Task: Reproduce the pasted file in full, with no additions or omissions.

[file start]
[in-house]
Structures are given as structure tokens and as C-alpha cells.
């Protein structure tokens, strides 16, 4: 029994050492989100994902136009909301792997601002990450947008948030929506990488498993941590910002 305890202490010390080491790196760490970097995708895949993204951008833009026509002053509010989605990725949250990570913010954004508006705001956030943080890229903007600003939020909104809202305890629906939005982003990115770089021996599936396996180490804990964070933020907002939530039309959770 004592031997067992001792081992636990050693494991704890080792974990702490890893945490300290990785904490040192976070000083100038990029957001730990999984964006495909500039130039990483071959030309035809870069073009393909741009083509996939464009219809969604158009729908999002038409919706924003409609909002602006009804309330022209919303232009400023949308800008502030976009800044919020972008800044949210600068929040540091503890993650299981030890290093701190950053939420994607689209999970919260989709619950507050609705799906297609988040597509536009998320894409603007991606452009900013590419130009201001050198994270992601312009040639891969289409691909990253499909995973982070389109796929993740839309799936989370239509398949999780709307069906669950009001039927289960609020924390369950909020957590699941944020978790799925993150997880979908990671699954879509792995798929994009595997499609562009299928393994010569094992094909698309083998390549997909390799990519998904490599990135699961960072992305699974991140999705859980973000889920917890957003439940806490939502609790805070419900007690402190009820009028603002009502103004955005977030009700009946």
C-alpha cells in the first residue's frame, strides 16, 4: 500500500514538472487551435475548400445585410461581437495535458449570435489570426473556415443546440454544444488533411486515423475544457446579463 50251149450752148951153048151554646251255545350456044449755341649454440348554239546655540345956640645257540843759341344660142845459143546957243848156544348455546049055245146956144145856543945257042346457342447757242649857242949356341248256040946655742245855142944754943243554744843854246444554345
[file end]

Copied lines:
[in-house]
Structures are given as structure tokens and as C-alpha cells.
């Protein structure tokens, strides 16, 4: 029994050492989100994902136009909301792997601002990450947008948030929506990488498993941590910002 305890202490010390080491790196760490970097995708895949993204951008833009026509002053509010989605990725949250990570913010954004508006705001956030943080890229903007600003939020909104809202305890629906939005982003990115770089021996599936396996180490804990964070933020907002939530039309959770 004592031997067992001792081992636990050693494991704890080792974990702490890893945490300290990785904490040192976070000083100038990029957001730990999984964006495909500039130039990483071959030309035809870069073009393909741009083509996939464009219809969604158009729908999002038409919706924003409609909002602006009804309330022209919303232009400023949308800008502030976009800044919020972008800044949210600068929040540091503890993650299981030890290093701190950053939420994607689209999970919260989709619950507050609705799906297609988040597509536009998320894409603007991606452009900013590419130009201001050198994270992601312009040639891969289409691909990253499909995973982070389109796929993740839309799936989370239509398949999780709307069906669950009001039927289960609020924390369950909020957590699941944020978790799925993150997880979908990671699954879509792995798929994009595997499609562009299928393994010569094992094909698309083998390549997909390799990519998904490599990135699961960072992305699974991140999705859980973000889920917890957003439940806490939502609790805070419900007690402190009820009028603002009502103004955005977030009700009946």
C-alpha cells in the first residue's frame, strides 16, 4: 500500500514538472487551435475548400445585410461581437495535458449570435489570426473556415443546440454544444488533411486515423475544457446579463 50251149450752148951153048151554646251255545350456044449755341649454440348554239546655540345956640645257540843759341344660142845459143546957243848156544348455546049055245146956144145856543945257042346457342447757242649857242949356341248256040946655742245855142944754943243554744843854246444554345